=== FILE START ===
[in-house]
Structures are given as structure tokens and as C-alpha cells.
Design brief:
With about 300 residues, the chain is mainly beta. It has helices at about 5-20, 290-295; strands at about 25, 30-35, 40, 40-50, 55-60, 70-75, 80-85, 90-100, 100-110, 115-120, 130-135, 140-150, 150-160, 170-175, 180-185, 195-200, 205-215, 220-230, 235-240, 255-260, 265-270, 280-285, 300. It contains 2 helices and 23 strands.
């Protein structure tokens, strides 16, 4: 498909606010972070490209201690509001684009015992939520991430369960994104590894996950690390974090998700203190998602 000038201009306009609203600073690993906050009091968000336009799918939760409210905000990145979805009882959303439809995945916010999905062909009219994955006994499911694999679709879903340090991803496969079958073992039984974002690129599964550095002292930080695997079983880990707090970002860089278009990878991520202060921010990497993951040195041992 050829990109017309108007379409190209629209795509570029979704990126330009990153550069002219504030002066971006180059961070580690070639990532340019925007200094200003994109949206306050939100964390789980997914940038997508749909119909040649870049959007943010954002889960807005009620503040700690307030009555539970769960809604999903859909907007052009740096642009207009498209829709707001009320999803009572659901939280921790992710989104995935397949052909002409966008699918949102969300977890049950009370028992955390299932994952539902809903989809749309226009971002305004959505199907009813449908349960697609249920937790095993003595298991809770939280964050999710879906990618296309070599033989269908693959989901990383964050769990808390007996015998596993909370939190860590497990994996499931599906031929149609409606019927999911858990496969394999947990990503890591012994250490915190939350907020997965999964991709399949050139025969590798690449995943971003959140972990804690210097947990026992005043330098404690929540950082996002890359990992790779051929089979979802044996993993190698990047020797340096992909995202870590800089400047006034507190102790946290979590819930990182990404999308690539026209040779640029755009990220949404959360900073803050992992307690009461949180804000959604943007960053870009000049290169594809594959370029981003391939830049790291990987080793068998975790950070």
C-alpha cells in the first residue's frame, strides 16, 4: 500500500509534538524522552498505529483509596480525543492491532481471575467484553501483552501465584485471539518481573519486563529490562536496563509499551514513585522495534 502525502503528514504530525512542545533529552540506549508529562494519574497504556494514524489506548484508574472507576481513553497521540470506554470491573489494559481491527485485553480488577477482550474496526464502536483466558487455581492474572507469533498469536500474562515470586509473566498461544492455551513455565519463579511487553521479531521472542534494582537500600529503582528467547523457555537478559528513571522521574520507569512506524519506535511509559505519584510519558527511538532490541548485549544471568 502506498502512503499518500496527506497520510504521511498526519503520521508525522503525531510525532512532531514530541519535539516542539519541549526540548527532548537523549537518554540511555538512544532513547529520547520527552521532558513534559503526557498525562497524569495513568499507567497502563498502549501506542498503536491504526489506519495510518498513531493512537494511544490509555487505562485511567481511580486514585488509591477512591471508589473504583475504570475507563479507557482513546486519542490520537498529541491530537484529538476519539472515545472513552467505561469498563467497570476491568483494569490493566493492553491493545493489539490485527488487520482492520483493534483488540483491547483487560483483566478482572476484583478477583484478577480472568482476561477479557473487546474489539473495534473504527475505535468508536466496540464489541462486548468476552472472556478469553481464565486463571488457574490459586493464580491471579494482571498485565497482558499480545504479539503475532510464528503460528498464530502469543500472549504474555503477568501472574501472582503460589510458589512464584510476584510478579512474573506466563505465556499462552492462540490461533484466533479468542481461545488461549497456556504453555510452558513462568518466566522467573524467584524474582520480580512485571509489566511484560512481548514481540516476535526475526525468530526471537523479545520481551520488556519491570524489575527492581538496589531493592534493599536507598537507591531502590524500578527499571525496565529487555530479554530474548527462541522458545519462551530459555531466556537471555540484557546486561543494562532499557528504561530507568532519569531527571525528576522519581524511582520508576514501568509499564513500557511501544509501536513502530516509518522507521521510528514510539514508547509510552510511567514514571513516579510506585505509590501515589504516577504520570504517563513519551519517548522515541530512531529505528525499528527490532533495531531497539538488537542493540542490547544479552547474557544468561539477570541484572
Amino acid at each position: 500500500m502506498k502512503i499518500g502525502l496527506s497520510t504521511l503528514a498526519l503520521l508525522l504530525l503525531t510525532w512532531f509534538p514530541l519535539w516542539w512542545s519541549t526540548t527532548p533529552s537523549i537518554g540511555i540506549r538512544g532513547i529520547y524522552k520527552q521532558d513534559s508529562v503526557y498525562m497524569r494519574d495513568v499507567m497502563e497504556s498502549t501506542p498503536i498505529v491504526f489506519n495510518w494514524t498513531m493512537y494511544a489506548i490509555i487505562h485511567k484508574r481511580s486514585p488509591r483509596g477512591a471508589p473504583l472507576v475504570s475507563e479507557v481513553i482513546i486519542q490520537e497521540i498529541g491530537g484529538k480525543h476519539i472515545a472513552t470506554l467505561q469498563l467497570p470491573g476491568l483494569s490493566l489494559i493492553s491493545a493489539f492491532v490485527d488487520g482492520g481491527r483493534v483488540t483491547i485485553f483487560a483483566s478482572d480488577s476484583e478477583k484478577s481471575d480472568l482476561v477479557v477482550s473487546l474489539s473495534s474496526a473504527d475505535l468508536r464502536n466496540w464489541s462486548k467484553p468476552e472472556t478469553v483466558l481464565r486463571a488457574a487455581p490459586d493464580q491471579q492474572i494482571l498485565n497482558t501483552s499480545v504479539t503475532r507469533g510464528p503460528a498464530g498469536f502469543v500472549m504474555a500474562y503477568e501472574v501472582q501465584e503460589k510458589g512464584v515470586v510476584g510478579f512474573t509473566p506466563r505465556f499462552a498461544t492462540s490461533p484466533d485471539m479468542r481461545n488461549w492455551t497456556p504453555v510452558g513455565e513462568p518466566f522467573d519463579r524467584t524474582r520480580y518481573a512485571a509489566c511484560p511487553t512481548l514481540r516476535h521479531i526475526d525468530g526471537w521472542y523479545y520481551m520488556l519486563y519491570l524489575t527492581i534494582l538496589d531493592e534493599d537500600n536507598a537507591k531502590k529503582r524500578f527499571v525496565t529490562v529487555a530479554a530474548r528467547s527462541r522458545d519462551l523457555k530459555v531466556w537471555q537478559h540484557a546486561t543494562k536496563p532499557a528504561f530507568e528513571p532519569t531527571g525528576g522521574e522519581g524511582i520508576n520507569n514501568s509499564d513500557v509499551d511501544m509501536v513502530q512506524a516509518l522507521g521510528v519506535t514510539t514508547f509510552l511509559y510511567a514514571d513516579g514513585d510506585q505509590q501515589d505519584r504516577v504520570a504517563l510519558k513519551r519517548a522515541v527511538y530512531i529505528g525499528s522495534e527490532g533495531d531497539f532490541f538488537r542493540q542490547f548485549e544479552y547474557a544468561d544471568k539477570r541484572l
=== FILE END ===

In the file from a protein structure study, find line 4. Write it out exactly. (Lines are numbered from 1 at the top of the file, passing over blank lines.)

With about 300 residues, the chain is mainly beta. It has helices at about 5-20, 290-295; strands at about 25, 30-35, 40, 40-50, 55-60, 70-75, 80-85, 90-100, 100-110, 115-120, 130-135, 140-150, 150-160, 170-175, 180-185, 195-200, 205-215, 220-230, 235-240, 255-260, 265-270, 280-285, 300. It contains 2 helices and 23 strands.